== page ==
Control still an issue for Miller


Control still an issue for Miller

By Sean McAdam Red Sox Insider Follow @sean_mcadam
ST. PETERSBURG, Fla. -- When the Red Sox promoted Andrew Miller from Pawtucket last month, they knew there would be nights like Friday night.

Nights when Miller can't command the strike zone as well as he'd like. Nights when Miller not only walks too many (five), but consistently falls behind and has to pitch in hitter's counts.

In his first four starts, Miller displayed improving control, walking 11 in his first 22 23 innings, but only once more than three in any one start.

There were signs, however, that Friday wasn't going to be his night. He walked two of the first three hitters in the first inning, and one scored.

And in the second, he walked another to help load the bases, setting the stage for a grand slam by Ben Zobrist, leading to a 9-6 loss to the Tampa Bay Rays.

"The walks really hurt,'' acknowledged Terry Francona." The strike-to-walk ratio (85 pitches, 51 strikes) wasn't horrible, but all of the balls (he threw) were bunched together. That's a tough way to pitch.''

Indeed, Miller was gone after just 2 23 innings, forcing the Sox to use four relievers to cover the final 5 13 innings.

"I pitched around the plate,'' said Miller, "but I got behind in counts, threw pitches up in the zone and you can't be successful that way.''

Miller maintained that the off-night wasn't the result of any sort of mechanical flaw.

"To be honest with you, I actually felt pretty good about where the ball was going,'' Miller said. "I just think I found myself in counts, in a lot of deep counts. I've got to do a better job attacking the zone insteading of trying to hit the corners.''

A more aggressive approach, in other words, may have cut down on walks and changed the outcome.

In needing 85 pitches to get just eight outs, Miller put himself in a tough position, with his pitch count climbing early.

"I'm not doing it on purpose,'' he said, "but it seemed like I'm just missing off the plate or hitting the corner. What got me back here (to the big leagues) is being aggressive in the strike zone and I'm not doing that right now. I've got to do a better job (with that).

"To me, it seems like I'm kind of nibbling and finding myself in counts. These guys are good enough that when they're ahead in the count, they're going to tattoo the ball pretty good.''

Pitching coach Curt Young echoed the same sentiment and said pitching consistently from behind was what doomed Miller.

"He's been throwing the ball good...he's been solid,'' Young said. "Tonight was (about) not being ahead and not a lot of early outs.''

Sean McAdam can be reached at Follow Sean on Twitter at http:twitter.comsean_mcadam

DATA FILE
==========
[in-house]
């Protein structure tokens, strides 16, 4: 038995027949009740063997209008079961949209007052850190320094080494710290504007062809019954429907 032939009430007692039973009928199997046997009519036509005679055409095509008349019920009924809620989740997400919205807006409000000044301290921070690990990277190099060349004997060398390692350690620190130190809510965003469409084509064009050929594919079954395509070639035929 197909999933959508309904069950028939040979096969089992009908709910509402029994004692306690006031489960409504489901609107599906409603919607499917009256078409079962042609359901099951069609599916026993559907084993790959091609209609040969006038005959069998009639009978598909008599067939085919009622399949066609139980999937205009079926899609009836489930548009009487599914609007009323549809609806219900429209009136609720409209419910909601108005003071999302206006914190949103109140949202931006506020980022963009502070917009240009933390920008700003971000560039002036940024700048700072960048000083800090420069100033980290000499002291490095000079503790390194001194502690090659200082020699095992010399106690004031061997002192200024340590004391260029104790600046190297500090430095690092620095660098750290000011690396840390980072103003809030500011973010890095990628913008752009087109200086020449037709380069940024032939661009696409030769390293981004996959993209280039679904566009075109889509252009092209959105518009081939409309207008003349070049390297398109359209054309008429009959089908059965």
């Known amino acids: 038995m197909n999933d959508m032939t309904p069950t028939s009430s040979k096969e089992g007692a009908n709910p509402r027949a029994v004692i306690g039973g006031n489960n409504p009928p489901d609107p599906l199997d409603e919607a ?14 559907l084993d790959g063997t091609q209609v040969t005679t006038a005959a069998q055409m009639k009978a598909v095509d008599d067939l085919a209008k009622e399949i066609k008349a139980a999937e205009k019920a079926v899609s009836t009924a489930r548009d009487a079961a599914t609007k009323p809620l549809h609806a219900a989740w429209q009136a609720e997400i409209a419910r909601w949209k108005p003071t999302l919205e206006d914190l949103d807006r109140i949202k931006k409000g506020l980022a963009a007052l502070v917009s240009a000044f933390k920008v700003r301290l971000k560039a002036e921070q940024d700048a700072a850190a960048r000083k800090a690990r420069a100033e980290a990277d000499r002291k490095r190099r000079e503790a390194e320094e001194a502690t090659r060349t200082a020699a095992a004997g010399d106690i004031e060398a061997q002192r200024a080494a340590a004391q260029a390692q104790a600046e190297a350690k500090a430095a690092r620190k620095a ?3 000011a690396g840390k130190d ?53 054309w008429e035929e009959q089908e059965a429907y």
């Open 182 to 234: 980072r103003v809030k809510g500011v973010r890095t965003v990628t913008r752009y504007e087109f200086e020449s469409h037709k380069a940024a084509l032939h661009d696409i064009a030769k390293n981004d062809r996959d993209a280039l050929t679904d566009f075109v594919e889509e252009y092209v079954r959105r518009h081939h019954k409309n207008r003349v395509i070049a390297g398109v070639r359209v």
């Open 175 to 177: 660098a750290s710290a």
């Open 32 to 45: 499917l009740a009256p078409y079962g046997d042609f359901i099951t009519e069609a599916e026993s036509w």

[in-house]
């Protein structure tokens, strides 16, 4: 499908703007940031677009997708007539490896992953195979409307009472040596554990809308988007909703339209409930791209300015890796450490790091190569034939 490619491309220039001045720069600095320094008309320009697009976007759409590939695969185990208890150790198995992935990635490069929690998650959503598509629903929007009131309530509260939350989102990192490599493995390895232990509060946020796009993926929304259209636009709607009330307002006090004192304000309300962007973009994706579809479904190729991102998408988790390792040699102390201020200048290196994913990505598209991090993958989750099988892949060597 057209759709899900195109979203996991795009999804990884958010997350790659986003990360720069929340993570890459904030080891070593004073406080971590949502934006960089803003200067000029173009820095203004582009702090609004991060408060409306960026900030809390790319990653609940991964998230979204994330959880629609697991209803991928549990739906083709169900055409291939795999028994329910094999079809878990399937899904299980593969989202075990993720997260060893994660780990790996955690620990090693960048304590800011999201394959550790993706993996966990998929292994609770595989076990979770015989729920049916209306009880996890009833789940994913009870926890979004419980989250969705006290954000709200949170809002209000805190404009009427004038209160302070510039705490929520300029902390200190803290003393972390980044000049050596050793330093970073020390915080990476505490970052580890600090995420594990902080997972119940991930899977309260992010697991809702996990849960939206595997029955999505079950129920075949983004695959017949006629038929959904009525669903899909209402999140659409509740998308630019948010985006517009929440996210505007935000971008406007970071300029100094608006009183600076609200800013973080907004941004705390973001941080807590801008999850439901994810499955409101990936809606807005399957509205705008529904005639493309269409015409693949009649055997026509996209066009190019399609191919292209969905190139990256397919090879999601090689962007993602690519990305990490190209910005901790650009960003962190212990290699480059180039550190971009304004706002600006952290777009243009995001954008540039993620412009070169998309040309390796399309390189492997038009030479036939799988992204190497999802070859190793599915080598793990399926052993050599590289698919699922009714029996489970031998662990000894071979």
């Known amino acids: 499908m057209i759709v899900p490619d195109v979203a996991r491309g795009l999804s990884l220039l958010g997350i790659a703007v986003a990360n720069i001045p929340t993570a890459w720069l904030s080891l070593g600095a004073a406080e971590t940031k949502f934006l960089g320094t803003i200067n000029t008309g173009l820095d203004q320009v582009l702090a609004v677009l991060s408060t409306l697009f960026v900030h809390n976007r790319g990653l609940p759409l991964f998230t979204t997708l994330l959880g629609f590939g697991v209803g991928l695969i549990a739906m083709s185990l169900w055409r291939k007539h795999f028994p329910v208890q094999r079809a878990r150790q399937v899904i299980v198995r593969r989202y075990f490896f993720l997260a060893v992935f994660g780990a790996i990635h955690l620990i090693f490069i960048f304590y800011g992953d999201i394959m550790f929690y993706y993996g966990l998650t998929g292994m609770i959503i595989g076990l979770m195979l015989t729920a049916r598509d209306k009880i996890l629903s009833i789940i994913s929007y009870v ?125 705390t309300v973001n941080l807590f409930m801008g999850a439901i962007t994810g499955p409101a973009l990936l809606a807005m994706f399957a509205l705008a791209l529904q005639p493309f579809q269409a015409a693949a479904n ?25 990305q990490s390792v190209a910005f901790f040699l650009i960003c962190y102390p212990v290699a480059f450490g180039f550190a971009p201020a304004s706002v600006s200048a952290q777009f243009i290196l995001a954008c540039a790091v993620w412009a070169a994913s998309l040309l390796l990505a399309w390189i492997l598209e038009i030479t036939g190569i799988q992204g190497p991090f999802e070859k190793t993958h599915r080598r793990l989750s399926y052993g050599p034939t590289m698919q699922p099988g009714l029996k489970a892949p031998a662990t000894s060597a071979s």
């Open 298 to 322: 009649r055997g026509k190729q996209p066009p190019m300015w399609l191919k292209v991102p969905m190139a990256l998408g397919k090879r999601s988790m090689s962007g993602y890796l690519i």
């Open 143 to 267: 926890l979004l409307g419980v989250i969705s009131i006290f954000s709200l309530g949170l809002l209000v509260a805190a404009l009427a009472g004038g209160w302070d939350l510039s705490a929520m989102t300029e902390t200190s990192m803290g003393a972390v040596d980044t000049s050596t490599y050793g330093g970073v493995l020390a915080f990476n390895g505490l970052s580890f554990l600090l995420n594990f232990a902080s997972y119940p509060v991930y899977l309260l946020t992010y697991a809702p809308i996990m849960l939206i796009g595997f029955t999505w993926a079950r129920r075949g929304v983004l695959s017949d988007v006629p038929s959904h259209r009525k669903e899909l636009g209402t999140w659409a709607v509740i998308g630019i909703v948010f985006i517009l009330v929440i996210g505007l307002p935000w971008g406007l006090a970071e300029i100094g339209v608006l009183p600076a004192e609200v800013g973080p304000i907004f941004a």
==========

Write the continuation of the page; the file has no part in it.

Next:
Bradley, Betts, Pedroia are A.L. Gold Glove finalists


Bradley, Betts, Pedroia are A.L. Gold Glove finalists

Jackie Bradley Jr. in center field, Mookie Betts in right and Dustin Pedroia at second base are the Red Sox' finalists for the American League Gold Glove awards.

The Blue Jays’ Kevin Pillar and the Rays’ Kevin Kiermaier are the other A.L. center field finalists. The White Sox’ Adam Eaton and Astros’ George Springer are A.L. right field finalists. Joining Pedroia as second base finalists are the Mariners’ Robinson Cano and Tigers’ Ian Kinsler.

Peoria has won four Gold Gloves. Bradley and Betts have yet to win one.

The full list of finalists is here.  The awards will be presented on Nov. 8 at 8 p.m. on ESPN

The Red Sox sent out a series of tweets backing each player’s candidacy.

Betts is also a front-runner for the American League Most Valuable Player.


Ortiz wins Hank Aaron Award as top hitter in American League


Ortiz wins Hank Aaron Award as top hitter in American League

CLEVELAND -- David Ortiz is heading into retirement with some more hardware.

The Boston Red Sox slugger captured the Hank Aaron Award on Wednesday as the top hitter in the American League this season. Budding Chicago Cubs star Kris Bryant was honored as the top hitter in the National League.

The award was presented before Game 2 of the World Series between the Cubs and Cleveland. It was determined through a combination of fan voting and a panel that includes Aaron and other Hall of Fame players.

The 40-year-old Ortiz hit .315 with 38 home runs, 127 RBIs and 48 doubles in the 20th and final season of his major league career. His 541 career home runs rank 17th all-time.

The 24-year-old Bryant hit .292 with 39 home runs and 102 RBIs while helping the Cubs cruise to the NL Central title and eventually a spot in the World Series. Shortly after being honored, Bryant singled in the first inning for his first Series hit.